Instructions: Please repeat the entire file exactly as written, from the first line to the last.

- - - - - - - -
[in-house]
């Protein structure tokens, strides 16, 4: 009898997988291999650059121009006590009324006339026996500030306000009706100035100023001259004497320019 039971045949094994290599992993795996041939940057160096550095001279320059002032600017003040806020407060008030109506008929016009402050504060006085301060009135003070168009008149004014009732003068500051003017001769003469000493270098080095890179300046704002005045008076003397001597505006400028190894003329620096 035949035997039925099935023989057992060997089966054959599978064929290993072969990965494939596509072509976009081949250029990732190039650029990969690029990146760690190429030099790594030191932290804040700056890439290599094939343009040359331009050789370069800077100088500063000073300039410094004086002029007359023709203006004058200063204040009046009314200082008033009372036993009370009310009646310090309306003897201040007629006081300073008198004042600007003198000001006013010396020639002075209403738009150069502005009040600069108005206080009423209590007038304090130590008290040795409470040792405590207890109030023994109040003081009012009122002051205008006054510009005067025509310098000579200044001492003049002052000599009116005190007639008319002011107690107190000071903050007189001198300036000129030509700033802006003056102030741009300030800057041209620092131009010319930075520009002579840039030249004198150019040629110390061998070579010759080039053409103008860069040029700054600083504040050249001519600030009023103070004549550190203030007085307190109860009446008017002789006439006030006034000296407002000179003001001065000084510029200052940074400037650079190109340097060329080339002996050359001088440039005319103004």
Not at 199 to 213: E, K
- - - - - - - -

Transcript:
[in-house]
């Protein structure tokens, strides 16, 4: 009898997988291999650059121009006590009324006339026996500030306000009706100035100023001259004497320019 039971045949094994290599992993795996041939940057160096550095001279320059002032600017003040806020407060008030109506008929016009402050504060006085301060009135003070168009008149004014009732003068500051003017001769003469000493270098080095890179300046704002005045008076003397001597505006400028190894003329620096 035949035997039925099935023989057992060997089966054959599978064929290993072969990965494939596509072509976009081949250029990732190039650029990969690029990146760690190429030099790594030191932290804040700056890439290599094939343009040359331009050789370069800077100088500063000073300039410094004086002029007359023709203006004058200063204040009046009314200082008033009372036993009370009310009646310090309306003897201040007629006081300073008198004042600007003198000001006013010396020639002075209403738009150069502005009040600069108005206080009423209590007038304090130590008290040795409470040792405590207890109030023994109040003081009012009122002051205008006054510009005067025509310098000579200044001492003049002052000599009116005190007639008319002011107690107190000071903050007189001198300036000129030509700033802006003056102030741009300030800057041209620092131009010319930075520009002579840039030249004198150019040629110390061998070579010759080039053409103008860069040029700054600083504040050249001519600030009023103070004549550190203030007085307190109860009446008017002789006439006030006034000296407002000179003001001065000084510029200052940074400037650079190109340097060329080339002996050359001088440039005319103004």
Not at 199 to 213: E, K